I’ve considered engineering a break. I’ve considered a lot of things that are not at all noble, and involve me running away at greater or lesser speeds. All this in the course of one afternoon and evening, all this because I want, desperately, to elude that trap. In the end, I won’t do them. I won’t let her completely down. I won’t (probably) move to South Africa. But there’s a negotiation that has to be done, in which boundaries are established, and it’s determined just how much of a sacrifice I can make. It won’t be as much as some. Those people who give up their lives in service of others, that’s not me, and I can’t be that person, no matter how much guilt and anguish it causes to admit it.

So, I shall be spending part of the day tomorrow on the phone with various people, including her counselors, and trying to track down what resources might be available here in Washington, and whether any sort of life for her here is viable, or whether we’re going to have to do this long-distance. Because she agrees: I can’t go there. I can’t move to Indiana. No jobs, and I’d be suicidal almost from the moment of arrival. It has that effect. At least that boundary’s clearly established. But what can I do if we find out there’s no way for her to be here? No help, no health care, no home? How do I tell her that, then, that’s that? How do I live with that answer?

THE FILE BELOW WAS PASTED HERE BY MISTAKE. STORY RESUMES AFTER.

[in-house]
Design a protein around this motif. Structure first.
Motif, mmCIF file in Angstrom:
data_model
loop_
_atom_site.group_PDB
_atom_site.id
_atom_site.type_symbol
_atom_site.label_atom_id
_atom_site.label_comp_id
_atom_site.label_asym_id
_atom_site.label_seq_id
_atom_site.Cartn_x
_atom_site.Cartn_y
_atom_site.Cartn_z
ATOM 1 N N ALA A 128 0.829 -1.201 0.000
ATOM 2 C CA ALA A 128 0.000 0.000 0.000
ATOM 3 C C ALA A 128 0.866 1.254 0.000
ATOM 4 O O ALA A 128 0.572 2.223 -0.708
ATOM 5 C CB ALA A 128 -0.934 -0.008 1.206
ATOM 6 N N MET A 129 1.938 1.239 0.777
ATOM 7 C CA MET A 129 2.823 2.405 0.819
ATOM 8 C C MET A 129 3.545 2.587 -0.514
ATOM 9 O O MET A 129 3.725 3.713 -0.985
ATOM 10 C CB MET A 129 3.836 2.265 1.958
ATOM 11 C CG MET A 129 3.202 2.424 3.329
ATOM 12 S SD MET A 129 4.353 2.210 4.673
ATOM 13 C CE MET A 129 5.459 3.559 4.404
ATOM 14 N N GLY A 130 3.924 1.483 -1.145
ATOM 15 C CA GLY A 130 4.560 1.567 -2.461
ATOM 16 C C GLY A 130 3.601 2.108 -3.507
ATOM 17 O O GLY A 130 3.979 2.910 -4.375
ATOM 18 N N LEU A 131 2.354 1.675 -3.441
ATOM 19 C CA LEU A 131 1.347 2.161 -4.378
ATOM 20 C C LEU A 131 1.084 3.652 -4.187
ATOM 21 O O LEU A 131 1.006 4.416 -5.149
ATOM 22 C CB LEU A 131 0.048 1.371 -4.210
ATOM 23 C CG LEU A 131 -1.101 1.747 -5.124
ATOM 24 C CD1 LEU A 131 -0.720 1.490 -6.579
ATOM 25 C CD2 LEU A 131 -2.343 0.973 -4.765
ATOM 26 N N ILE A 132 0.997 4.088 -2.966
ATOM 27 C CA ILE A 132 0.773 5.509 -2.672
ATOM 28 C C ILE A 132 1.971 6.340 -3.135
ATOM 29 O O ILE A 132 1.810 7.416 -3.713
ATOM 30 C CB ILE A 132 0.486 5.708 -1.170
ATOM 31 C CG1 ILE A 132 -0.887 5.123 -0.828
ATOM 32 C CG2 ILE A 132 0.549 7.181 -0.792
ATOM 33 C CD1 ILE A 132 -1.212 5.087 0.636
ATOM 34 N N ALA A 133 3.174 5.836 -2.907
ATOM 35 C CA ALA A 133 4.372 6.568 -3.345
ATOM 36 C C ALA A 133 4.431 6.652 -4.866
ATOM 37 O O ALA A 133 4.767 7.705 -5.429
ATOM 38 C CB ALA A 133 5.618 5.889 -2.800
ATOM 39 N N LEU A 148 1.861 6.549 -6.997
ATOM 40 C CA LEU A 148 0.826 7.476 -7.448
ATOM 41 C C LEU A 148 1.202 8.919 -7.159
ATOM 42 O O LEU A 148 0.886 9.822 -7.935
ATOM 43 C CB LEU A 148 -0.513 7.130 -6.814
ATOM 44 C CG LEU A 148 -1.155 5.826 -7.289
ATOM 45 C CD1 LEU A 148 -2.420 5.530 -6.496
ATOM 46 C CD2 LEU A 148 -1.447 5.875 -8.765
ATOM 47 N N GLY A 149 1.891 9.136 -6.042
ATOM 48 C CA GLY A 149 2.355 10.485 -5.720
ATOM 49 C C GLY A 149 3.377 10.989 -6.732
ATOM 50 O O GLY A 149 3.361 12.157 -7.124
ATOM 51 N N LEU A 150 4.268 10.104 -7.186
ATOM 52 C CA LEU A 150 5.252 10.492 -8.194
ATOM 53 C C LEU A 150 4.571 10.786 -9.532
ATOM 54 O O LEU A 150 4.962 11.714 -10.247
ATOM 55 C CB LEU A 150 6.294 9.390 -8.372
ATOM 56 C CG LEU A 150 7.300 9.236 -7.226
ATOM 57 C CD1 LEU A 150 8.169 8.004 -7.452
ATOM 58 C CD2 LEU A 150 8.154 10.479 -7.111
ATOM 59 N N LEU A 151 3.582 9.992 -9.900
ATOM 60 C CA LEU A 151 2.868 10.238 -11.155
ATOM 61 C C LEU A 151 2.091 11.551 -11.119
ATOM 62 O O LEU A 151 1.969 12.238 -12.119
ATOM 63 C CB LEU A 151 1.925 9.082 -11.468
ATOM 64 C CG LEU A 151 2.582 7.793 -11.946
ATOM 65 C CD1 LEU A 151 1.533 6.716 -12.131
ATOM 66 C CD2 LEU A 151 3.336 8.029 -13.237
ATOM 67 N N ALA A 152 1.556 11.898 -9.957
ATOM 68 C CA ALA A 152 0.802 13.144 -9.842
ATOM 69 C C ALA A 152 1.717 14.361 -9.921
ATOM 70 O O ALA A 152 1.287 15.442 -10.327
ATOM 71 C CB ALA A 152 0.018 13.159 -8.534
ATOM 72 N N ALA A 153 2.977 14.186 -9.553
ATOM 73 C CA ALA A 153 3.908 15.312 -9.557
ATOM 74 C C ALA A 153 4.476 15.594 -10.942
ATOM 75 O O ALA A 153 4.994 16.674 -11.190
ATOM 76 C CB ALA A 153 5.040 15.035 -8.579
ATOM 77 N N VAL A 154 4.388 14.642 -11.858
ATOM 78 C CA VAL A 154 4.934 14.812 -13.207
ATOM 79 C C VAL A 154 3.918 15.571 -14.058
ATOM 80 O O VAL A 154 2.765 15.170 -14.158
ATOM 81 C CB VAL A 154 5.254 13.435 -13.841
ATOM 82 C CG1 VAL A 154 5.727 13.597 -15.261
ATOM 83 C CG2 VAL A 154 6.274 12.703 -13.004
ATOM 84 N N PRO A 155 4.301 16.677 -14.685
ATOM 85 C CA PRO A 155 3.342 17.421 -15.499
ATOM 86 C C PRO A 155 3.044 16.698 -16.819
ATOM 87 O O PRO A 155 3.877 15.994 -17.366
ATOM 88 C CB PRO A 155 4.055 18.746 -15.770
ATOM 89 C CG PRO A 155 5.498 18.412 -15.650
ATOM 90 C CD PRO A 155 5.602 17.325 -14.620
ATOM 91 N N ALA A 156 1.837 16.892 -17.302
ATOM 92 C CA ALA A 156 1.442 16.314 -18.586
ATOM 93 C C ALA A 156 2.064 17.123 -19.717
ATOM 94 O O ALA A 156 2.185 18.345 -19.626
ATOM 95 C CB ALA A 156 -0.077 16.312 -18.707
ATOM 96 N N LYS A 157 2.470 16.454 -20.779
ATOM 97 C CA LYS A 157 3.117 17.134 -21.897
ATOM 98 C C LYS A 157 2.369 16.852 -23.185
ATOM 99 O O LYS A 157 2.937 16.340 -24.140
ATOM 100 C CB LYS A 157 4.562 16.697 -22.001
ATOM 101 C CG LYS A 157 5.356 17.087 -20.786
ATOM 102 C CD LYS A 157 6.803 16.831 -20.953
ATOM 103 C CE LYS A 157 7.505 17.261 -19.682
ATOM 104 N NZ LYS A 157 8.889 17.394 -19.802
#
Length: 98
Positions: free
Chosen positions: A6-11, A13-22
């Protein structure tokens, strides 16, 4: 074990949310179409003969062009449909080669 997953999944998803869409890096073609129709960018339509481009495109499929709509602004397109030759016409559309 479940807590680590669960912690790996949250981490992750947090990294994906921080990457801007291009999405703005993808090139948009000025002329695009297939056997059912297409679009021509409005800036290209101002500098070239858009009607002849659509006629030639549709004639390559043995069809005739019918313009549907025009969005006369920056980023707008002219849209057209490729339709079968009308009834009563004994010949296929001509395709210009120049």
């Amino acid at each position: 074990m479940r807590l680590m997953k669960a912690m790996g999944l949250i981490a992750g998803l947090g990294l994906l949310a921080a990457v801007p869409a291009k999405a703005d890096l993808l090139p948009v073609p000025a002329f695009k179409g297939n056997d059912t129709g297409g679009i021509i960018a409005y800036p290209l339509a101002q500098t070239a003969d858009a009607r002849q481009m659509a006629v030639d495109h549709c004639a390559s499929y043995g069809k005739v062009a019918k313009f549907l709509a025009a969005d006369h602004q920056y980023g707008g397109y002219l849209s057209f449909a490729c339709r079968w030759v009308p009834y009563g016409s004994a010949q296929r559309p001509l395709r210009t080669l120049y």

VNV Nation’s “Entropy” speaks to me: “When does enough become enough? / When does “no” have meaning?”

[Los Links is coming. I promise.]

Interlude with Cat: Le Miewse

Yes, that’s the best title I can come up with. It’s late, Aunty Flow’s here, I’m on a variety of OTC painkillers, I’ve been reading for Los Links and also reading a rather mind-bending book by Oliver Sacks, and I think my brain has quietly slipped out the back door and legged it down an ally to freedom.

So it’s time for pictures full o’ mindless cute. And hideous puns.

pensive cat

The cat pretending she's pondering whilst monopolizing my lap

I’ve spent the last little while writing in bed. It’s easier to jockey a notebook in there – easier, at least, until the cat decides the rest of the bed isn’t good enough, and she must lie atop Mom in about the place where the notebook goes. This is exhausting work for a felid. Luckily, there’s a nice paper pillow nearby.

sleepy kitteh

The cat pillows her head on the notes for my magnum opus.

Do you know how hard it is to write with a cat’s noggin in the way? And she snores. And she’s cute. It’s terribly distracting. I’ve begun to wonder why writers are so often associated with cats. We don’t actually get as much writing done in their presence as one might think.